Tidbits for the Thinking Mind

Hello and welcome to my blog! Whether you have stumbled here by accident or the Google gods thought that my writing would interest you, welcome!

9780226065663I am currently in my last semester of college and am preparing to embark on a research journey that will eventually culminate in my senior capstone paper. In order to help me on this exploration, I have been reading The Craft of Research by Wayne Booth, Gregory Colomb, and Joseph Williams. Even though I have only read a few chapters, I wanted to share some quotes from the book with you in the hopes that they will speak to you about the trials and tribulations of researching as much as they spoke to me.

 

“Even experienced researchers feel anxious when they tackle a new kind of project for a new audience. So whatever anxiety you feel, most researchers have felt it too” (5).

Everyone always thinks the grass is greener on the other side; those that are professionals in their field are thought to have it easier in every facet of their expertise by those who are taking a stab at that field for the first time. But, did they not have to go through the same thing as those who are new at something in order to get to where they are? This statement made by Booth, Colomb, and Williams really opened my eyes to the fact that I am not alone when it comes to feeling overwhelmed and unsure about taking on such a huge task; all of those professors and doctors and authors that have research on the topic that I will be reading in order to fuel my own research about that very same topic have probably felt the same way as I do now when writing their articles.

 

“. . . the most important reason for learning to report research in ways readers expect is that when you write for others, you demand more of yourself than when you write for yourself alone” (13).

This is absolutely 100% accurate. When you are writing for yourself, you really do not put much effort in to explaining every detail because in your mind, you already know it and do not have to explain it to anyone but yourself. But people reading whatever you put out into the world do not know your thought process or how you got from one place to another. So you as the writer have to take the reader on a journey through your thoughts and ideas, and this journey can only be taken in the form of written research.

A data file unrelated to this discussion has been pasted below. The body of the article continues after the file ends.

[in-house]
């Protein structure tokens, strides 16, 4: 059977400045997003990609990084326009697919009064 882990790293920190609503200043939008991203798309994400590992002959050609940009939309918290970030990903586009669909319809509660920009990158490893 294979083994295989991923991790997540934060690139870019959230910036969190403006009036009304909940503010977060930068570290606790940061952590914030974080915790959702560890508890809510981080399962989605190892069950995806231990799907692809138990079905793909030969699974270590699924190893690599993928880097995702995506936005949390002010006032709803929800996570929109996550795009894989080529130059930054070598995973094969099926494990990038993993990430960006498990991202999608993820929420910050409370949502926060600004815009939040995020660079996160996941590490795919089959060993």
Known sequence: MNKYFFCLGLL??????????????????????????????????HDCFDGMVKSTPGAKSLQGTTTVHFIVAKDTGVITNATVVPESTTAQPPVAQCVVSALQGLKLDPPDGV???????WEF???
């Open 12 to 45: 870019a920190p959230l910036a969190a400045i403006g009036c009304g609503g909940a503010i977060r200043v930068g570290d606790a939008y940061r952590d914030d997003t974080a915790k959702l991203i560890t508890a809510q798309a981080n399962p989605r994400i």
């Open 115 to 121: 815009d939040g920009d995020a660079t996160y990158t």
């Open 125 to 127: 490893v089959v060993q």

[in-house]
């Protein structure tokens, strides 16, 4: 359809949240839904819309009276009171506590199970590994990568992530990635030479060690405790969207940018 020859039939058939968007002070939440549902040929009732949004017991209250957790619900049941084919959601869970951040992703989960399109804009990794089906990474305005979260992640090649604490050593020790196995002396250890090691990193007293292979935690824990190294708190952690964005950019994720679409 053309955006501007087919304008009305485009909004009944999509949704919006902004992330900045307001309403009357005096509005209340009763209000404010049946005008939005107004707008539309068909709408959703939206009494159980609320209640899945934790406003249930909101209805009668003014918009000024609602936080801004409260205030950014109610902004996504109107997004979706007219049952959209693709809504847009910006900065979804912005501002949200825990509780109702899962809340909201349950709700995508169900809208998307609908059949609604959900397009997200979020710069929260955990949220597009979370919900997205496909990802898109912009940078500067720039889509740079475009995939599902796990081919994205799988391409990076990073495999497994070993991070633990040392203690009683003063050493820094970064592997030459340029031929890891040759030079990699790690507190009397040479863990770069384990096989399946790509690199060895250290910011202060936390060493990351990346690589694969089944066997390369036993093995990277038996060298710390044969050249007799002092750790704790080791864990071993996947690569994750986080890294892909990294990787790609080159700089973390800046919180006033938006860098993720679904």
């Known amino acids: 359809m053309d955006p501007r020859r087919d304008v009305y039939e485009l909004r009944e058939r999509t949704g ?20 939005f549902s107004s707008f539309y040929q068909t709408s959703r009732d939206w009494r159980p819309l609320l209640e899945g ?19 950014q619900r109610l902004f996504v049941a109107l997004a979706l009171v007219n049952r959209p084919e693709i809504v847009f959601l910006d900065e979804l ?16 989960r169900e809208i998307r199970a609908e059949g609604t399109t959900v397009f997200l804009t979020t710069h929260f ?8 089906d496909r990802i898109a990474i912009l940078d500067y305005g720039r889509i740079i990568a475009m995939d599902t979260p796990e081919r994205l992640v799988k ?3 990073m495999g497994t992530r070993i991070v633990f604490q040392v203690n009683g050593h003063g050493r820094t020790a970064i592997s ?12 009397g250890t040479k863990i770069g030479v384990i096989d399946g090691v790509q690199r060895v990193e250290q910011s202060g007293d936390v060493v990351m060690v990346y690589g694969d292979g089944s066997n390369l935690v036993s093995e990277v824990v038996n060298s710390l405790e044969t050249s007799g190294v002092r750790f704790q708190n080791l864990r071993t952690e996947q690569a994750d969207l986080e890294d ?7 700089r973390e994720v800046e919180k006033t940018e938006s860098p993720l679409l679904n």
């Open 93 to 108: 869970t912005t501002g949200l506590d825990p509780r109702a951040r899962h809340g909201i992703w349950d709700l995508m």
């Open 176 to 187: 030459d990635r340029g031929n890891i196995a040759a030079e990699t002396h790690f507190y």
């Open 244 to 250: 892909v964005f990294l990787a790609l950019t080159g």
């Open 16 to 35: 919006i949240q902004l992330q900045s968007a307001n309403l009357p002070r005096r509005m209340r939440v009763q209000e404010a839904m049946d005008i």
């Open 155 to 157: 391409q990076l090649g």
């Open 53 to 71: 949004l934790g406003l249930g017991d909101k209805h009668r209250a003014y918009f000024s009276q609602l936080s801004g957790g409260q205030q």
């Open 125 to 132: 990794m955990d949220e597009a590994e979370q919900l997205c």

“If you can work on any topic, we offer only a cliché: start with what most interests you. Nothing contributes to the quality of your work more than your commitment to it” (36).

Nothing resonated with me more in the few sections that I have read than this quote did. For my capstone paper, I chose to work with a topic that interested me and did not really care about what fancy or out of the box idea that I could come up with. I knew for a fact that if I did the latter, then I would not be as committed to or excited about doing research than if I went with the topic that interested me. I think that Booth, Colomb, and Williams hit the nail on the head with this one and honestly, written works are more readable and interesting when the reader can tell that the writer actually enjoyed doing the work.

 

That is it for now, but check back soon because I will be posting more about my research journey as well as other tidbits of knowledge that are helping me on my quest to completing the biggest paper of my life.

Until next time.

EMC

explore. muse. create.

 

 

If you want to check out The Craft of Research, here is the information you will need!

Booth, Wayne C., Gregory G. Colomb, and Joseph M. Williams. The Craft of Research. Third ed. Chicago: U of Chicago, 2008. Print.

Image: The University of Chicago Press Books

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